Phil Foden must wonder what he has to do to earn a starting place at Manchester City and can only hope he will finally get a chance during their glut of December fixtures. Saturday's Premier League home meeting with Bournemouth is the first of nine games across three competitions that City will play during the final month of 2018. There is no doubt that Pep Guardiola thinks plenty of 18-year-old midfielder Foden, and so do those running the club, who are understood to be in negotiations to extend his contract until 2024.
But the manager's positive words about the England Under-21 international have yet to translate into a big chance in a really big game.
Foden has made six starts for the club -- two in Champions League matches that effectively had nothing riding on them, three in the League Cup and one in this season's Community Shield. All 12 of his Premier League appearances have come as a substitute.
It appeared as if Foden might get his opportunity on Tuesday, when City travelled to Lyon needing a point to secure their place in the Champions League knockout stages.
Guardiola, needing to pick a team without the injured Kevin De Bruyne, Ilkay Gundogan and Bernardo Silva, said in his pre-match press conference that Foden was "definitely ready".
Yet when the teamsheet was released, Foden was only among the substitutes as Guardiola decided to use Raheem Sterling out of position in a reshaped midfield -- Foden was given just 92 seconds of action as an injury-time replacement for Sergio Aguero in the 2-2 draw.
The implication was clear -- for all Foden's talent, Guardiola did not think the young midfielder was ready to face opponents that press as aggressively as Lyon.
At least, though, there have been some reassuring words from the manager.
"It is not important if he is the star of some minutes or a lot of minutes," said Guardiola. "He is part of the squad. It's about my decisions. He is ready to play, of course.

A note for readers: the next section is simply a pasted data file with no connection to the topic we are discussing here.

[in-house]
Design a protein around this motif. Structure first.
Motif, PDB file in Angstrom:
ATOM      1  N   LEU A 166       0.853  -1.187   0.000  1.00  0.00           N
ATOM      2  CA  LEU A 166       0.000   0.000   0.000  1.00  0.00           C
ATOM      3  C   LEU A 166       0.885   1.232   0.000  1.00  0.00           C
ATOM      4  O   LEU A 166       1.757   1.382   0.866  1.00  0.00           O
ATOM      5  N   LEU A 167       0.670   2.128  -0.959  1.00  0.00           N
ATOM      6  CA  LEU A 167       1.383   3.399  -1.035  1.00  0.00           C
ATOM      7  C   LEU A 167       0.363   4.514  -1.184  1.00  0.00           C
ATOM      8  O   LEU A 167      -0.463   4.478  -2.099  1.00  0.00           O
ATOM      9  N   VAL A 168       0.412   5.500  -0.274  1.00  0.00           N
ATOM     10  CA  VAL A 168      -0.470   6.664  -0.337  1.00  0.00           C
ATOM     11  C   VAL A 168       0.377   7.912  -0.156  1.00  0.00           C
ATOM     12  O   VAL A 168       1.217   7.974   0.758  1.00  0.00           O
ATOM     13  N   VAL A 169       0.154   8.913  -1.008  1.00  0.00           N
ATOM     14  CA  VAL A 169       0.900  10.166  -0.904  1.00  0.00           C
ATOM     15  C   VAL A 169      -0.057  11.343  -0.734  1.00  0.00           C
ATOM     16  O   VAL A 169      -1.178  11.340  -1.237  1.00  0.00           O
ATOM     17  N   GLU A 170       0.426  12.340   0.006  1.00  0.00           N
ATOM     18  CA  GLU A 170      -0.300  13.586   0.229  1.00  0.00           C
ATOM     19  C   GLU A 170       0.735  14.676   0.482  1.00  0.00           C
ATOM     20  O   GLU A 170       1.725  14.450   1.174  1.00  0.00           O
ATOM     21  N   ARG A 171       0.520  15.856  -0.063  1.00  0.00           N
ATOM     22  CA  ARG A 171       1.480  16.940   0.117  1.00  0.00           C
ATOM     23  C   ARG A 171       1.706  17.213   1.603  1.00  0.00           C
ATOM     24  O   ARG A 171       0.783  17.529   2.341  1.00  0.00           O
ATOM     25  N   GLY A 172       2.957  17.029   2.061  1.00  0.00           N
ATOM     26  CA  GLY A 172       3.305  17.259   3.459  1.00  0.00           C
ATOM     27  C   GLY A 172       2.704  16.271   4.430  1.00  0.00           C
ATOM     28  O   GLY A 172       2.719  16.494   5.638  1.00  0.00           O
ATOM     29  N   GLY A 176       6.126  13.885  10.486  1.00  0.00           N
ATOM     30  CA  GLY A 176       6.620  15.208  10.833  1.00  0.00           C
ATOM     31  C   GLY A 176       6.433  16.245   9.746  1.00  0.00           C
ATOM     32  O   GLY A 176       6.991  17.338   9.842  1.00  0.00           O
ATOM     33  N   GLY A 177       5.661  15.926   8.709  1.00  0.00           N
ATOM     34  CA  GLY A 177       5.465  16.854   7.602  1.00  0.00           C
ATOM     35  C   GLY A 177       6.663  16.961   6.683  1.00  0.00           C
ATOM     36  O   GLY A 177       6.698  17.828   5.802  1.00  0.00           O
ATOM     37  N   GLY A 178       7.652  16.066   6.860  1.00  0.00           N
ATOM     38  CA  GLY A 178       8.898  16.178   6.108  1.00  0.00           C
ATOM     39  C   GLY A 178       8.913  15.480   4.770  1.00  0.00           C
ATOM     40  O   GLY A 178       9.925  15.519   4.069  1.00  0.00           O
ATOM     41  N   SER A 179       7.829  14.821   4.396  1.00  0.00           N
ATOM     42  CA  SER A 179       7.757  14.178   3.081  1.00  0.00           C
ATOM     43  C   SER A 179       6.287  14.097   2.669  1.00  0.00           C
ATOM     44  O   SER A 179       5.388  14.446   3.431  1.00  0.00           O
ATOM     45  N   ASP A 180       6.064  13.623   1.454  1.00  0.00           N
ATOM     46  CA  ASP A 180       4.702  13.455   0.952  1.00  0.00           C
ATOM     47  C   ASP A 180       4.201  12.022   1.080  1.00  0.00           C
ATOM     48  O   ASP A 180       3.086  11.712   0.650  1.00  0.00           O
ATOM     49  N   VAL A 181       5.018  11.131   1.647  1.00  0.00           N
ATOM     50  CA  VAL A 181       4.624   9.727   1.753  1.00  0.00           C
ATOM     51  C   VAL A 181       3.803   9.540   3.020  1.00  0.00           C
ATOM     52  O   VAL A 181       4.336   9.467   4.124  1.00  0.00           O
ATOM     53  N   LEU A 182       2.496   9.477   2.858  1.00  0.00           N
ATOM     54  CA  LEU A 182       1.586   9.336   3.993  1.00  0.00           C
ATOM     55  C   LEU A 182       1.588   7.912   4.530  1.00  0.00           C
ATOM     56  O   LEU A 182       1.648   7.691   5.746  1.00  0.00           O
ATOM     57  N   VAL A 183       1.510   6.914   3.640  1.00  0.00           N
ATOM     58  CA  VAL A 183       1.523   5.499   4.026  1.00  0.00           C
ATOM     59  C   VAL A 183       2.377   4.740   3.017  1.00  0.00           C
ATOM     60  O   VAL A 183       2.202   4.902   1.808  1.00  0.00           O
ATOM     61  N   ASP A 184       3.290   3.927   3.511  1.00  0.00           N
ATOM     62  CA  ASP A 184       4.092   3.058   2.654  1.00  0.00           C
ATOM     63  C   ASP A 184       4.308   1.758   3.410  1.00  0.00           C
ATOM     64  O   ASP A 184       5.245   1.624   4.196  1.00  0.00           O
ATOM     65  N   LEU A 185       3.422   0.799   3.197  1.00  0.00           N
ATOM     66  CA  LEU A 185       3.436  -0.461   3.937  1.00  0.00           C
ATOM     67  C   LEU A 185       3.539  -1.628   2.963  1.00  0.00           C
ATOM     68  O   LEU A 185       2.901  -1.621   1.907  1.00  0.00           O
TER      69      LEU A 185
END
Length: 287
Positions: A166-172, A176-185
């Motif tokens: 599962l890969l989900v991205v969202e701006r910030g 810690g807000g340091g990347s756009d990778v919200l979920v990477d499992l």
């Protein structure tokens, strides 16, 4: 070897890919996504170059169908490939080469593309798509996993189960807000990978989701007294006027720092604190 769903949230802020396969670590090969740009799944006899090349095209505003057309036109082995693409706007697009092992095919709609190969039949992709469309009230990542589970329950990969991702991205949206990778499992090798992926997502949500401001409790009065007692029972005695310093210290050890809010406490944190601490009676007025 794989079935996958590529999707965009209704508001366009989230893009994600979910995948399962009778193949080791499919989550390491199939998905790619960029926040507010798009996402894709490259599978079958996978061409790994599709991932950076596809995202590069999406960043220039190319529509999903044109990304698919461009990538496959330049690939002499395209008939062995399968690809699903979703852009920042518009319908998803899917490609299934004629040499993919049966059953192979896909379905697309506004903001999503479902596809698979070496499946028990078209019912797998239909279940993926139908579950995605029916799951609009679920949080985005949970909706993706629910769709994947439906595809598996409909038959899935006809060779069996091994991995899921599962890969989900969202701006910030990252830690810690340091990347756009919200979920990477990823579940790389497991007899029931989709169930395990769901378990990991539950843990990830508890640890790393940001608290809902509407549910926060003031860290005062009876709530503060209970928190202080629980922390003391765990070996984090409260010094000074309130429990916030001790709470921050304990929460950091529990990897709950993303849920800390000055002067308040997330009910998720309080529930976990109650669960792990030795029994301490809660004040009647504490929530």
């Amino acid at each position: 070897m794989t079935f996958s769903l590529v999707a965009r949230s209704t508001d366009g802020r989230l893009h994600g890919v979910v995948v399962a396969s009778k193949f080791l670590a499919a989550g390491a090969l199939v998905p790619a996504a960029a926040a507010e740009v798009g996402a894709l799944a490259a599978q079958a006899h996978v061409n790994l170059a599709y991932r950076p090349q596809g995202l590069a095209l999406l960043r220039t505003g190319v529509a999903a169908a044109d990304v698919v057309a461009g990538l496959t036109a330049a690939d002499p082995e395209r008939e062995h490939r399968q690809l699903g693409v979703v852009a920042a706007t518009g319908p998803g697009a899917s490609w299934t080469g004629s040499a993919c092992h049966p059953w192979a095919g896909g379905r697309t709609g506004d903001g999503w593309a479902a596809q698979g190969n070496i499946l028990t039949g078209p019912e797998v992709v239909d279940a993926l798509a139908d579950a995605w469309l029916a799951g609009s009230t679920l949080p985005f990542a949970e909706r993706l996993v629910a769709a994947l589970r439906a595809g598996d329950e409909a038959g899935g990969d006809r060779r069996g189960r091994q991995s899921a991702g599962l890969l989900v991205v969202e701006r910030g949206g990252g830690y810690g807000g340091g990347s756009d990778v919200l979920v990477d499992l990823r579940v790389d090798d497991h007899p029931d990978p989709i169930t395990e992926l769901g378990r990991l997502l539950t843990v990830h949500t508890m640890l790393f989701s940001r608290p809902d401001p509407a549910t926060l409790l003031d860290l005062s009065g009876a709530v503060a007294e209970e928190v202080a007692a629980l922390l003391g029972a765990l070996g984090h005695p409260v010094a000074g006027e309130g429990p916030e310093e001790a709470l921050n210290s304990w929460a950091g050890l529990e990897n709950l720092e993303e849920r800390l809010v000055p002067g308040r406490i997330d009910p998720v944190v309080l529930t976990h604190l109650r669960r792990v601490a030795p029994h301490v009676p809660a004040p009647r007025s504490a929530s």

"He can start in any competition or any games. He is ready. After that, he has to compete with his teammates and sometimes it is not possible, but he is ready."
To those who have followed his career closely, Foden has looked ready for some time. He scored a sublime individual goal in what ended up as an FA Youth Cup final defeat by Chelsea in April 2017 and six months later he earned the Golden Ball award for the best player at the Under-17 World Cup.
When he scored his first senior goal for City in a 3-0 League Cup victory at League One side Oxford in September, opposing manager Karl Robinson compared him to retired Spanish international Andres Iniesta.
Yet winning a place in a Manchester City team packed with some of the world's best players is tough. Jadon Sancho, a youth-team contemporary of Foden's, decided that fight was not winnable and left for Borussia Dortmund in 2017.
Sancho is not a regular starter in Germany but has made enough of an impression to win three full England caps. Can Foden match that by staying in Manchester?
Guardiola thinks so, if the midfielder does the basics right. "He's a young player," the City manager said. "He has to make his own career, and go step by step. Don't pay too much attention to the media. Train as well as possible. Play as well as possible. Then your career will speak for itself."